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Just "DO IT"

By Michael Feldstein, Lisa Neal, Ken Korman / September 2006

TYPE: OPINION
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As eLearn Magazine marks its fifth year of publication, we can think of no better way to celebrate the past and ensure a bright future for e-learning than by urging the support and passage of the Digital Opportunity Investment Trust Act. If passed, the act would create a Digital Opportunity Investment Trust (DO IT), generating an estimated $1 billion annually from interest on money acquired from the impending sale of analog television spectrum. The roadmap for the trust's activities, developed by the Federation of American Scientists (FAS), offers a number of revolutionary possibilities:

  • Exponential growth of free, high-quality educational content: DO IT will fund the digitization of content in libraries and museums across the United States, as well as the creation of substantial new content. With the level of resources available under the trust, the dream of universally accessible materials for cradle-to-grave education can finally come true.
  • Solving of the hard problems: DO IT will provide the funds necessary to crack some of the critical but elusive goals of educational technology development, including authentic assessment tools, intelligent tutoring systems, and immersive simulation development environments. These developments could have a very substantial impact on the quality of education.
  • Fostering a coherent online educational experience: The DO IT roadmap includes further development of interoperability standards. With these standards, educational tools and content can be combined into a coherent experience for the learners rather than the disjointed jumble of separate tools and resources that it often is today.
  • Elimination of toll roads to education: Content and technologies funded by DO IT will be released into the public domain. Teachers and students all over the world will have access to them at no cost.

Educators DO IT Together

Although the Digital Promise Act is building momentum within Congress, its passage is not yet assured—you can do something about that. If you are a United States citizen, go to Digital Promise's Take Action page. There you will be able to contact your Congressional Representative and Senators in support of the legislation. If you are not a United States citizen, tell your American friends and urge them to write their legislators.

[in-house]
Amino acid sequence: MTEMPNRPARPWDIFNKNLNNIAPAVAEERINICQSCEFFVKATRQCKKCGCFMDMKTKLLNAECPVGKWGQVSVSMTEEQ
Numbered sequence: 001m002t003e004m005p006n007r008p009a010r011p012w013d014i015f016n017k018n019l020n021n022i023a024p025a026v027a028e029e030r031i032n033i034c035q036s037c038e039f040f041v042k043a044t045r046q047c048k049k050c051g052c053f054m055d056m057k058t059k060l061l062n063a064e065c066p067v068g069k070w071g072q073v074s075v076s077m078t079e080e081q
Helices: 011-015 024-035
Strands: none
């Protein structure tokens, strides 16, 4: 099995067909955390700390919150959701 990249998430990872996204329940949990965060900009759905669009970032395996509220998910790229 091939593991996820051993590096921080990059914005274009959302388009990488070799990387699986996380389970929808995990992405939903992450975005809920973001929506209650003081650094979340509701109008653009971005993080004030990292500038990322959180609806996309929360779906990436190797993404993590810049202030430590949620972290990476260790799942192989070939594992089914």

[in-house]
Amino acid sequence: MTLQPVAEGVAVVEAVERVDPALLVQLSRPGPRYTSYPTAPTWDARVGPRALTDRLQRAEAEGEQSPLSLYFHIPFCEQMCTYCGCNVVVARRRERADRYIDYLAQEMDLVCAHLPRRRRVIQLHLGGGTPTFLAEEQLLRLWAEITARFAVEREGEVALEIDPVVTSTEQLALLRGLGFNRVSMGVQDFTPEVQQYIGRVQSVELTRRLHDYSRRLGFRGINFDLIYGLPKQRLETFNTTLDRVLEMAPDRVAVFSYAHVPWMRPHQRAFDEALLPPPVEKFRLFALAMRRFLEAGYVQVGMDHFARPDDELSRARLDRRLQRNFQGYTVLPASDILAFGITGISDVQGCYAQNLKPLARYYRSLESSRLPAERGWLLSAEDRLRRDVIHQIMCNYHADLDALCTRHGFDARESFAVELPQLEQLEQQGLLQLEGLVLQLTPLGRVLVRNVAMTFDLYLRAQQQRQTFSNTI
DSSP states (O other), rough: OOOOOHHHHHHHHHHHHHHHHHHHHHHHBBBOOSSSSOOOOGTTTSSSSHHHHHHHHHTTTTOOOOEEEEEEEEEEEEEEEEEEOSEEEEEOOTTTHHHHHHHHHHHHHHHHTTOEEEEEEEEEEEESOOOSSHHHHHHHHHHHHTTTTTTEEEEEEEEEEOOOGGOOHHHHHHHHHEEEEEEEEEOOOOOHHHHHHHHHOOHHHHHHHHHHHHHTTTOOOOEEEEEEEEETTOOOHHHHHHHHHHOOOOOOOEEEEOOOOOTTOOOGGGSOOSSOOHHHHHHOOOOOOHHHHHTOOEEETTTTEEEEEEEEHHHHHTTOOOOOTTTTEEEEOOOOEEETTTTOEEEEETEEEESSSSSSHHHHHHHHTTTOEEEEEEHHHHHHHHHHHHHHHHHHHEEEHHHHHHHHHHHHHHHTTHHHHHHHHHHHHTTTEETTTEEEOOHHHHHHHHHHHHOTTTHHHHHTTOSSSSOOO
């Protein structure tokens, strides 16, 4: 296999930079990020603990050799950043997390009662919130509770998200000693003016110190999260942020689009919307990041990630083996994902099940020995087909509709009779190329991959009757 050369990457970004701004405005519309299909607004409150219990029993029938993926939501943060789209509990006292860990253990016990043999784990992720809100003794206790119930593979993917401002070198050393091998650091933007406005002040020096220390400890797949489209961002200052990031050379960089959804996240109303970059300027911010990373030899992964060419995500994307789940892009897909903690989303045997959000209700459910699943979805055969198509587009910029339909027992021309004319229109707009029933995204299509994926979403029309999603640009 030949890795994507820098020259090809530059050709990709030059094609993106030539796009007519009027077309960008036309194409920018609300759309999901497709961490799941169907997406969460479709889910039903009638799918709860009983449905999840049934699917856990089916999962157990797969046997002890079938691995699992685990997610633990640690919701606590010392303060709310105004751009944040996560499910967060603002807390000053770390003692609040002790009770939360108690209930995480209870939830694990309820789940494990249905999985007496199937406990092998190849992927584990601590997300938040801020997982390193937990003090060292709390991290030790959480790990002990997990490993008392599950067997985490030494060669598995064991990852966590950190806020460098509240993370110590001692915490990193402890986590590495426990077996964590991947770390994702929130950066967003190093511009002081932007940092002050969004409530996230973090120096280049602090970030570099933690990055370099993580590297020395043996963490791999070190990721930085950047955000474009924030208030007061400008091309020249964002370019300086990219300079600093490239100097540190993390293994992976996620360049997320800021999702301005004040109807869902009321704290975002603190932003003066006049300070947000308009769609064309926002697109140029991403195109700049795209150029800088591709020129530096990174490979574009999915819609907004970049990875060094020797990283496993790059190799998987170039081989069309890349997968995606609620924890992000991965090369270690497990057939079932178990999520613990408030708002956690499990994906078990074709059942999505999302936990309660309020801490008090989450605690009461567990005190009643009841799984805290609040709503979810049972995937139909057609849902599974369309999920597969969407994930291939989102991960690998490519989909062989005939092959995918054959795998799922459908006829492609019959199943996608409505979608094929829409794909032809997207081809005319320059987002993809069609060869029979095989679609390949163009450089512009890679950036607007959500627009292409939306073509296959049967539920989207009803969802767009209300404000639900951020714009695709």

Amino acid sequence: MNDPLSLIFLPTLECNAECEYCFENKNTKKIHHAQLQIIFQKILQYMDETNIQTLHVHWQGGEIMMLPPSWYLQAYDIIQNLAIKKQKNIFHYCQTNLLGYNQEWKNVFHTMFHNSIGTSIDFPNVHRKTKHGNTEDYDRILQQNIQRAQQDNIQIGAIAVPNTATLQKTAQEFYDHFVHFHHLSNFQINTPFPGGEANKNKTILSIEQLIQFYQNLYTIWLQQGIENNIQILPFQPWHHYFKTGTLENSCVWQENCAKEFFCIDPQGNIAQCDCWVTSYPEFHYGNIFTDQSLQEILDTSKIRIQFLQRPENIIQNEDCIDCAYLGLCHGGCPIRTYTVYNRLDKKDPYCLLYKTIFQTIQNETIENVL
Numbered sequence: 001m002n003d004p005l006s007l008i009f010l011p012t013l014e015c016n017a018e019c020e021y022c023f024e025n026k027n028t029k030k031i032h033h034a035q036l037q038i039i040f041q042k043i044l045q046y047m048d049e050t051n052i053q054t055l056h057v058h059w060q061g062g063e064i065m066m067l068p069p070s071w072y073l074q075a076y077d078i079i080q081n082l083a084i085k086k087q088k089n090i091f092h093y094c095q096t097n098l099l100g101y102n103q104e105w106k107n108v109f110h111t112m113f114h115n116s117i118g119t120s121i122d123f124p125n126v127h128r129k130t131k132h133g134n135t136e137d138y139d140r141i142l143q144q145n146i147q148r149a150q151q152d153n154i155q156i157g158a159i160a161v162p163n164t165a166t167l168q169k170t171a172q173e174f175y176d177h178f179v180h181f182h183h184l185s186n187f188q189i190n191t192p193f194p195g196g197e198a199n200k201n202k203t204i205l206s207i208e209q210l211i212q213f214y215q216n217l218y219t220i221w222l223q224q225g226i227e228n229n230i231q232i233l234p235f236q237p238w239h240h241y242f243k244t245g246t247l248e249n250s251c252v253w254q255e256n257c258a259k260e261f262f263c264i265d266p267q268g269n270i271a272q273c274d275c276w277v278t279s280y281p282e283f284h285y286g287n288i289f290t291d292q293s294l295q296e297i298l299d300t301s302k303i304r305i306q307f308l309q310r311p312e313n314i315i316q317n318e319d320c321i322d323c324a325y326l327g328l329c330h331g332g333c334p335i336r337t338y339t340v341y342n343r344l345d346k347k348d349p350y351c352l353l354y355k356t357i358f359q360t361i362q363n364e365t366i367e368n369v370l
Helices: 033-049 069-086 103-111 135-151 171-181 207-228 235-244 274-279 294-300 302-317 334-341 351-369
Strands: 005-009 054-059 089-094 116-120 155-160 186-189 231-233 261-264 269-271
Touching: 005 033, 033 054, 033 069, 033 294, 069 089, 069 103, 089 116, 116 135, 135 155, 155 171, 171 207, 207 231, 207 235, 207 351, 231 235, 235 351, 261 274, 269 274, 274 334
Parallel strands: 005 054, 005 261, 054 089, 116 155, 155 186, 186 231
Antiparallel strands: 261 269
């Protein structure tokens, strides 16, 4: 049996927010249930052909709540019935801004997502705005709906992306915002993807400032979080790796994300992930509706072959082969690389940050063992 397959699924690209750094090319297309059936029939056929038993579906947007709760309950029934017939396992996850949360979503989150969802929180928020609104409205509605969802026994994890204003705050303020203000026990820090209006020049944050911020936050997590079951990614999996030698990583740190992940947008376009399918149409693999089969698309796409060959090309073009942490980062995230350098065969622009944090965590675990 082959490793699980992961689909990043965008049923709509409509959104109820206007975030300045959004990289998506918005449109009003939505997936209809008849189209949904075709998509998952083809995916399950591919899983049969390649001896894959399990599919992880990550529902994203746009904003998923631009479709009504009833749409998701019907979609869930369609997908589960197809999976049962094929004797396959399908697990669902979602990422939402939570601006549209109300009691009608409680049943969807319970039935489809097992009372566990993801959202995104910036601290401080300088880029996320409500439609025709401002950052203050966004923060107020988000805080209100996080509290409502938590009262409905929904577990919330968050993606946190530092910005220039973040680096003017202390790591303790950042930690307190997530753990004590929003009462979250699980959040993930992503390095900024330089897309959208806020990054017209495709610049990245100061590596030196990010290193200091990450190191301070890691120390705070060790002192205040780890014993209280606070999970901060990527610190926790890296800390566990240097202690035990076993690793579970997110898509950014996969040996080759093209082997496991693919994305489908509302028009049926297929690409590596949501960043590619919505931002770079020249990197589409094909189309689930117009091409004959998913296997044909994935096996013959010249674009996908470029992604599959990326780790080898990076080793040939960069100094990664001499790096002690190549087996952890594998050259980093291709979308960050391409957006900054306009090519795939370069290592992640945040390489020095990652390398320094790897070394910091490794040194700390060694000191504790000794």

eLearn Magazine has grown to what it is today through your participation. As we look to our collective future, we remain as proud and confident as ever that you will continue to do your part in improving education.



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ADDITIONAL READING

    Michael Feldstein
  1. Unbolting the chairs
  2. A call to arms
  3. What's important in a learning content management system
  4. Ill-served
  5. Disaster and opportunity
  6. 'E-Moderating' by Gilly Salmon and 'In Good Company The Secrets to Successful Learning Communities' by Don Cohen and Laurence Prusak
  7. Back to the future: what's next after learning objects
  8. What is usable e-learning?
  9. Ignore usability at your peril
  10. Don't Just Teach to the Metrics
  11. E-learning basics: essay: developing your e-learning for your learners
  12. When Weblogs Can Be Harmful
  13. Desperately seeking software simulations
  14. There's no such thing as a learning object
  15. Do you really need reusability?
  16. How to design recyclable learning objects
  17. In defense of online learning (and veggie burgers)
  18. Informational cascades in online learning
  19. Want better courses?
  20. Designing usable, self-paced e-learning courses
  21. The digital promise
  22. Ken Korman
  23. Exploring the digital universe
  24. Lisa Neal
  25. Degrees by mail
  26. The Value of Voice
  27. Predictions for 2006
  28. Five questions...for Shigeru Miyagawi
  29. Five questions...
  30. Five questions...for Larry Prusack
  31. Five questions...for Karl M. Kapp
  32. Music lessons
  33. Learn to apologize for fun and profit
  34. Advertising or education?
  35. Of web hits and Britney Spears
  36. Predictions for 2008
  37. Serious games for serious topics
  38. Back to the future
  39. Predictions For 2003
  40. Q&A
  41. Storytelling at a distance
  42. Talk to me
  43. Q&A with Diana Laurillard
  44. Online learning and fun
  45. Everything in moderation
  46. eLearning and fun
  47. The basics of e-learning
  48. Is it live or is it Memorex?
  49. Five Questions... for John Seely Brown
  50. 5 questions... for Richard E. Mayer
  51. My life as a Wikipedian
  52. Five questions...for Elliott Masie
  53. Five questions...for Lynn Johnston
  54. Five questions…for Matt DuPlessie
  55. Do it yourself
  56. Predictions for 2004
  57. "Spot Learning"
  58. When will e-learning reach a tipping point?
  59. Q&A with Saul Carliner
  60. The stripper and the bogus online degree
  61. Five questions...for Tom Carey
  62. Learner on the Orient Express
  63. Five (or six) questions...for Irene McAra-McWilliam
  64. "Deep" thoughts
  65. How to get students to show up and learn
  66. Blended conferences
  67. Predictions for 2002
  68. Learning from e-learning
  69. Q&A with Don Norman
  70. In search of simplicity
  71. Five Questions...for Christopher Dede
  72. Want better courses?
  73. Designing usable, self-paced e-learning courses
  74. Senior service
  75. Formative evaluation
  76. Blogging to learn and learning to blog
  77. Predictions for 2007
  78. Not all the world's a stage
  79. Five questions...for Seb Schmoller
  80. Do distance and location matter in e-learning?
  81. Why do our K-12 schools remain technology-free?